Thursday, June 22, 2006

A Case of Mistaken Identity

Wow, I can only imagine the emotional rollercoaster that these families must have gone through.

NEW YORK — DNA testing is virtually infallible when used to determine a person's identity, but how reliable are the people responsible for conducting the investigations?

That question is at the heart of the case of two college students, Laura VanRyn and Whitney Cerak, who were involved in an April 26 car crash in Upland, Ind. One of the women, thought to be Cerak, was pronounced dead on the scene by local coroner Ron Mowery. He said he relied on the dead woman's friends and physical evidence found at the accident scene, including a photo ID, to make his identification. Four days later, the woman thought to be Cerak was buried.

Meanwhile, the other woman, thought to be VanRyn, was taken to an area hospital. The VanRyn family stayed by the woman's bedside for five weeks, thinking it was their daughter. All the while, doctors, too, believed they were treating Laura VanRyn. It wasn't until the woman was able to communicate that her name was Whitney that the VanRyn family knew something was terribly wrong. Doctors later confirmed through dental records that the woman was not VanRyn, but instead was Cerak.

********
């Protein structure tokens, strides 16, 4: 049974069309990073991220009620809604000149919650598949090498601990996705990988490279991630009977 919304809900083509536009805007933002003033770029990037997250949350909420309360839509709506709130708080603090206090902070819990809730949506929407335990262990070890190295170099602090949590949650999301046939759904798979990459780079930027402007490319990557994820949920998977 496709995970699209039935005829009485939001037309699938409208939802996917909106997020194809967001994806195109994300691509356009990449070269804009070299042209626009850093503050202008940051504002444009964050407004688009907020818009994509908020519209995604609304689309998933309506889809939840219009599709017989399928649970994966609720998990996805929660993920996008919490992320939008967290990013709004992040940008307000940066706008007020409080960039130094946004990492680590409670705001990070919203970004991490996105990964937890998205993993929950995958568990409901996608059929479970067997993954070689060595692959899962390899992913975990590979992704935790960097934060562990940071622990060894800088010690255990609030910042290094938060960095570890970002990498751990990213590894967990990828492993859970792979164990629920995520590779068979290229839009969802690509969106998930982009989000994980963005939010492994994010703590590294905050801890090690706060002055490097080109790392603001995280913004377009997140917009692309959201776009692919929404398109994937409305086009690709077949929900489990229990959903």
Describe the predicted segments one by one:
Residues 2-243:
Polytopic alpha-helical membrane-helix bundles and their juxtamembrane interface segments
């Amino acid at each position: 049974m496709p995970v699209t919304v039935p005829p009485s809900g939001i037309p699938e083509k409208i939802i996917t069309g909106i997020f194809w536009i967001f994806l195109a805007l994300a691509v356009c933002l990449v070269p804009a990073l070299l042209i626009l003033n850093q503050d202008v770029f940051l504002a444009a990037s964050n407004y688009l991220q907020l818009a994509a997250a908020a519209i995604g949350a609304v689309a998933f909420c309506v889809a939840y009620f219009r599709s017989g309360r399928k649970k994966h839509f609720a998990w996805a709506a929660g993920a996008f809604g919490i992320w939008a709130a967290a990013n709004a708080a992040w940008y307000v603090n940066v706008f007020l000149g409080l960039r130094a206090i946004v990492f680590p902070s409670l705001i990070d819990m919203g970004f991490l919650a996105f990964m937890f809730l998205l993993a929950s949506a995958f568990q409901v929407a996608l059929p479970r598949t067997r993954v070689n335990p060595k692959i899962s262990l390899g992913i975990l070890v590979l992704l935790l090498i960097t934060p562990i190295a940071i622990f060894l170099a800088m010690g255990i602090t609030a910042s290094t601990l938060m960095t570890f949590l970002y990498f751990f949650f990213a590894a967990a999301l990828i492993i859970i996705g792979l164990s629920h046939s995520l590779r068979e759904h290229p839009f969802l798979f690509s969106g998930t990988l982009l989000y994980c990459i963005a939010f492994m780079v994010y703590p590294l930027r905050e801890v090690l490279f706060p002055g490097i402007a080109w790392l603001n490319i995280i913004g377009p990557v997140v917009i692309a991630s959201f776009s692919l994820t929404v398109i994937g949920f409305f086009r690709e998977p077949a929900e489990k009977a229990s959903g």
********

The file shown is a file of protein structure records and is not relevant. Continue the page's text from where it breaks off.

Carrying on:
Experts believe the mix-up of the two Taylor University students was due to a combination of questionable training and inadequate scientific procedures and equipment.


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